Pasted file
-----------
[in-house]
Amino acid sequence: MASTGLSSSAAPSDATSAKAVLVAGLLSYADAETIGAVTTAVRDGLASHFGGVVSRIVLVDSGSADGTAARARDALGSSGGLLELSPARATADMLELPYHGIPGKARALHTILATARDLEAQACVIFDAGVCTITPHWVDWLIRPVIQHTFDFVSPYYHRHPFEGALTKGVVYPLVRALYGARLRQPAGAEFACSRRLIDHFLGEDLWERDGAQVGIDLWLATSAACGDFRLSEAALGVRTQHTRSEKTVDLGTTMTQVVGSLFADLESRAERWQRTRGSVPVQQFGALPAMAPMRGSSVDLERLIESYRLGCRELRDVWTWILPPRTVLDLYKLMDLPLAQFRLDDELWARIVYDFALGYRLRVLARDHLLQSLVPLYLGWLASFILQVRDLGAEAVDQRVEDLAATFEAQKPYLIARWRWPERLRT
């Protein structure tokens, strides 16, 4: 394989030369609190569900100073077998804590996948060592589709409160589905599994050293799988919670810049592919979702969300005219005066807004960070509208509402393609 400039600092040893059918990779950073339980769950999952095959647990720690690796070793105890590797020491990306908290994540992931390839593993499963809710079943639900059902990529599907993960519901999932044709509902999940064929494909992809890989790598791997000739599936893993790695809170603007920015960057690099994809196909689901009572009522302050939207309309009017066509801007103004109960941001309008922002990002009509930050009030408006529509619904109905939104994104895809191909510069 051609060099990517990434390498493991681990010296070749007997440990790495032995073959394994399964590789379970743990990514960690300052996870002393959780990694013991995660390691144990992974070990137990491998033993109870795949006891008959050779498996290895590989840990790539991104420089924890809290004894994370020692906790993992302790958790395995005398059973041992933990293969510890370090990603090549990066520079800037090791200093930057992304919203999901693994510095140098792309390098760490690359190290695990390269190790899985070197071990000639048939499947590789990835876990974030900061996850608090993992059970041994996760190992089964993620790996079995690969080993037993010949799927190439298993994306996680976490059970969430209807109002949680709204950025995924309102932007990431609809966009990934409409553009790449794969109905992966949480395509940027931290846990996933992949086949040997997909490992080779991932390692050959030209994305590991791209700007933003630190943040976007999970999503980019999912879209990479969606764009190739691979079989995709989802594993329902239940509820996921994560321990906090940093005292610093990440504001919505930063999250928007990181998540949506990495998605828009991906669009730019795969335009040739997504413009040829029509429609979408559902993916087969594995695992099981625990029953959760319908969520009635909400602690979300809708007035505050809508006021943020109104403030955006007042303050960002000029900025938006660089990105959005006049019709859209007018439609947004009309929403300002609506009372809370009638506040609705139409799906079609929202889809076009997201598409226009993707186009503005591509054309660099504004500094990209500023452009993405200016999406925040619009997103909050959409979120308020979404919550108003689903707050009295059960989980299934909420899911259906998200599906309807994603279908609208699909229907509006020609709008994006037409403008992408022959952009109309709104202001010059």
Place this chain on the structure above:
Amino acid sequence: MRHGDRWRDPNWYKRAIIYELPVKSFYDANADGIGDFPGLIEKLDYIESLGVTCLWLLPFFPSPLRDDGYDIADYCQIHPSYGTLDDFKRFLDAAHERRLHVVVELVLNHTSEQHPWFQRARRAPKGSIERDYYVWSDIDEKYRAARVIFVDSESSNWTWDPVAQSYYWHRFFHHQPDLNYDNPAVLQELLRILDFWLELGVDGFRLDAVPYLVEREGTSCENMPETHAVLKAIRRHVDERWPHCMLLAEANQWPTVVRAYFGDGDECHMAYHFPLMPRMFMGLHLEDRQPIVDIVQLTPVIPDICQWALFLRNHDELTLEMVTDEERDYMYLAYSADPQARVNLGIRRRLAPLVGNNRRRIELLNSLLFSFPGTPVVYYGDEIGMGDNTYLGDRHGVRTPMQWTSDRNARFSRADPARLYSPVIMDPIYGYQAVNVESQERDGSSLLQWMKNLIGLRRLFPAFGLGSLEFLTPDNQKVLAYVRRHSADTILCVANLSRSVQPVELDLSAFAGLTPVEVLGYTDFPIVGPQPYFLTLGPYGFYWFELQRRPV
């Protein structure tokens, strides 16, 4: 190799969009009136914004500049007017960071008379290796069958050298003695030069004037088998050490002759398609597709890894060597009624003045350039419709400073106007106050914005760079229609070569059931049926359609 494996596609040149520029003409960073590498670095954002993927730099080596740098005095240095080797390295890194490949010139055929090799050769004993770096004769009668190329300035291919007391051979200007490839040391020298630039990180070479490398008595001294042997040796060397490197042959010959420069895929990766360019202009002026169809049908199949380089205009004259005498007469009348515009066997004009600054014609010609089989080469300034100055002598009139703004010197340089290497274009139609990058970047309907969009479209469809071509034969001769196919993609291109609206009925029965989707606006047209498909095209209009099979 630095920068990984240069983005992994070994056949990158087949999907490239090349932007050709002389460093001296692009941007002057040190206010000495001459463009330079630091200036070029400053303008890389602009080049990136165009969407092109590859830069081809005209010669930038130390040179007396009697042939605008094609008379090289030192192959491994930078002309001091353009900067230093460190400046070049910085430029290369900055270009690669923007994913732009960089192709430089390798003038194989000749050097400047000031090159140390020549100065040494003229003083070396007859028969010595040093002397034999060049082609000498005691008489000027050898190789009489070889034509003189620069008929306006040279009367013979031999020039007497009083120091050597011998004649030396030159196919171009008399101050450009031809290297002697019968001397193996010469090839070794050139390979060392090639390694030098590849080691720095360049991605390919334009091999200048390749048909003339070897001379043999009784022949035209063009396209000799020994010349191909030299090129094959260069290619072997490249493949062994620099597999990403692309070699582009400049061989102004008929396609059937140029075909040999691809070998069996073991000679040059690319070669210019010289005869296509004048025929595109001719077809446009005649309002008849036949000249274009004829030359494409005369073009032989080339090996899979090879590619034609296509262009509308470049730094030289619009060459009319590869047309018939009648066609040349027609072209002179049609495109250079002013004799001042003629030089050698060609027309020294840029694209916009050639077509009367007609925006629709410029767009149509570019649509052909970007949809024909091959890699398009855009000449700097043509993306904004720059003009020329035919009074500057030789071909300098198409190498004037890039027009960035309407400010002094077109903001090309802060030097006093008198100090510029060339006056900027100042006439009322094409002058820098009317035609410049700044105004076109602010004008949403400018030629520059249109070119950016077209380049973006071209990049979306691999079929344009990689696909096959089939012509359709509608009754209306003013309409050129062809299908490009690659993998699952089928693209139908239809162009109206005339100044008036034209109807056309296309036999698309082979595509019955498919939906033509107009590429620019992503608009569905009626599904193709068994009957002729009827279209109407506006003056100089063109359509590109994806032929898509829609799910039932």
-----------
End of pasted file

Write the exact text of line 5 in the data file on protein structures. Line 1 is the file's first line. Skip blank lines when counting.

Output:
Amino acid sequence: MRHGDRWRDPNWYKRAIIYELPVKSFYDANADGIGDFPGLIEKLDYIESLGVTCLWLLPFFPSPLRDDGYDIADYCQIHPSYGTLDDFKRFLDAAHERRLHVVVELVLNHTSEQHPWFQRARRAPKGSIERDYYVWSDIDEKYRAARVIFVDSESSNWTWDPVAQSYYWHRFFHHQPDLNYDNPAVLQELLRILDFWLELGVDGFRLDAVPYLVEREGTSCENMPETHAVLKAIRRHVDERWPHCMLLAEANQWPTVVRAYFGDGDECHMAYHFPLMPRMFMGLHLEDRQPIVDIVQLTPVIPDICQWALFLRNHDELTLEMVTDEERDYMYLAYSADPQARVNLGIRRRLAPLVGNNRRRIELLNSLLFSFPGTPVVYYGDEIGMGDNTYLGDRHGVRTPMQWTSDRNARFSRADPARLYSPVIMDPIYGYQAVNVESQERDGSSLLQWMKNLIGLRRLFPAFGLGSLEFLTPDNQKVLAYVRRHSADTILCVANLSRSVQPVELDLSAFAGLTPVEVLGYTDFPIVGPQPYFLTLGPYGFYWFELQRRPV